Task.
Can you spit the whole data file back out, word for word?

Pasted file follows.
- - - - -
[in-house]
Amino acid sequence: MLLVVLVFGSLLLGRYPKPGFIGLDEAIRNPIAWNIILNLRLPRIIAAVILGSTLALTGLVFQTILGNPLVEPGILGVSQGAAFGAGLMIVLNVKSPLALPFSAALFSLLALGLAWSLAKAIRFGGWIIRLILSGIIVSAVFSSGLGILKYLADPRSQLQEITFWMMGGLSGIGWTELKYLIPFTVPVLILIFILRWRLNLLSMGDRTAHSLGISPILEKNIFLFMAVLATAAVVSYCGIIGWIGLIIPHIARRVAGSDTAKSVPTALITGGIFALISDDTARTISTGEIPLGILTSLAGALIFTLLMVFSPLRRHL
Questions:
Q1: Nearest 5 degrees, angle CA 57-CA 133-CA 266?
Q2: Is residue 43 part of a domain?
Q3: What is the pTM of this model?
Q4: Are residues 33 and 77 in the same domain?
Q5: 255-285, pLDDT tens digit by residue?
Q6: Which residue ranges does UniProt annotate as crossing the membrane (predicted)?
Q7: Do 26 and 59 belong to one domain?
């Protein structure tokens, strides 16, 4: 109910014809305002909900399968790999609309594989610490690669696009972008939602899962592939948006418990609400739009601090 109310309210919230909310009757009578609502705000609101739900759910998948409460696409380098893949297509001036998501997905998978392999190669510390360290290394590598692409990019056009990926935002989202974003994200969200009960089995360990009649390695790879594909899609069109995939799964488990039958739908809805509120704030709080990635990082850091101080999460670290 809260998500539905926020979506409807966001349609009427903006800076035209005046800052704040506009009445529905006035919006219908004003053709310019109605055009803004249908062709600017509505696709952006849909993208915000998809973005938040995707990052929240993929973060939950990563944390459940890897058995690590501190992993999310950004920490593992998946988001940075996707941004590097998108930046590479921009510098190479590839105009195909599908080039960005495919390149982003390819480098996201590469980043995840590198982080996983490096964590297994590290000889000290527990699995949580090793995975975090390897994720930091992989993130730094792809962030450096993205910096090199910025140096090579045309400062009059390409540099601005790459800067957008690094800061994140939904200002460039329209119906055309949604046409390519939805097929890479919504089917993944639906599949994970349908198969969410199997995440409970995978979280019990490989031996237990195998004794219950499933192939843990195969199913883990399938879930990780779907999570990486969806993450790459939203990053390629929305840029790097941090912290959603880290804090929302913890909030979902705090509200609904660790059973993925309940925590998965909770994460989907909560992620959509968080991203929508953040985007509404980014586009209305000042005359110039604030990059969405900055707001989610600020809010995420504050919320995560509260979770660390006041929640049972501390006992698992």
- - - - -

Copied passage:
[in-house]
Amino acid sequence: MLLVVLVFGSLLLGRYPKPGFIGLDEAIRNPIAWNIILNLRLPRIIAAVILGSTLALTGLVFQTILGNPLVEPGILGVSQGAAFGAGLMIVLNVKSPLALPFSAALFSLLALGLAWSLAKAIRFGGWIIRLILSGIIVSAVFSSGLGILKYLADPRSQLQEITFWMMGGLSGIGWTELKYLIPFTVPVLILIFILRWRLNLLSMGDRTAHSLGISPILEKNIFLFMAVLATAAVVSYCGIIGWIGLIIPHIARRVAGSDTAKSVPTALITGGIFALISDDTARTISTGEIPLGILTSLAGALIFTLLMVFSPLRRHL
Questions:
Q1: Nearest 5 degrees, angle CA 57-CA 133-CA 266?
Q2: Is residue 43 part of a domain?
Q3: What is the pTM of this model?
Q4: Are residues 33 and 77 in the same domain?
Q5: 255-285, pLDDT tens digit by residue?
Q6: Which residue ranges does UniProt annotate as crossing the membrane (predicted)?
Q7: Do 26 and 59 belong to one domain?
């Protein structure tokens, strides 16, 4: 109910014809305002909900399968790999609309594989610490690669696009972008939602899962592939948006418990609400739009601090 109310309210919230909310009757009578609502705000609101739900759910998948409460696409380098893949297509001036998501997905998978392999190669510390360290290394590598692409990019056009990926935002989202974003994200969200009960089995360990009649390695790879594909899609069109995939799964488990039958739908809805509120704030709080990635990082850091101080999460670290 809260998500539905926020979506409807966001349609009427903006800076035209005046800052704040506009009445529905006035919006219908004003053709310019109605055009803004249908062709600017509505696709952006849909993208915000998809973005938040995707990052929240993929973060939950990563944390459940890897058995690590501190992993999310950004920490593992998946988001940075996707941004590097998108930046590479921009510098190479590839105009195909599908080039960005495919390149982003390819480098996201590469980043995840590198982080996983490096964590297994590290000889000290527990699995949580090793995975975090390897994720930091992989993130730094792809962030450096993205910096090199910025140096090579045309400062009059390409540099601005790459800067957008690094800061994140939904200002460039329209119906055309949604046409390519939805097929890479919504089917993944639906599949994970349908198969969410199997995440409970995978979280019990490989031996237990195998004794219950499933192939843990195969199913883990399938879930990780779907999570990486969806993450790459939203990053390629929305840029790097941090912290959603880290804090929302913890909030979902705090509200609904660790059973993925309940925590998965909770994460989907909560992620959509968080991203929508953040985007509404980014586009209305000042005359110039604030990059969405900055707001989610600020809010995420504050919320995560509260979770660390006041929640049972501390006992698992």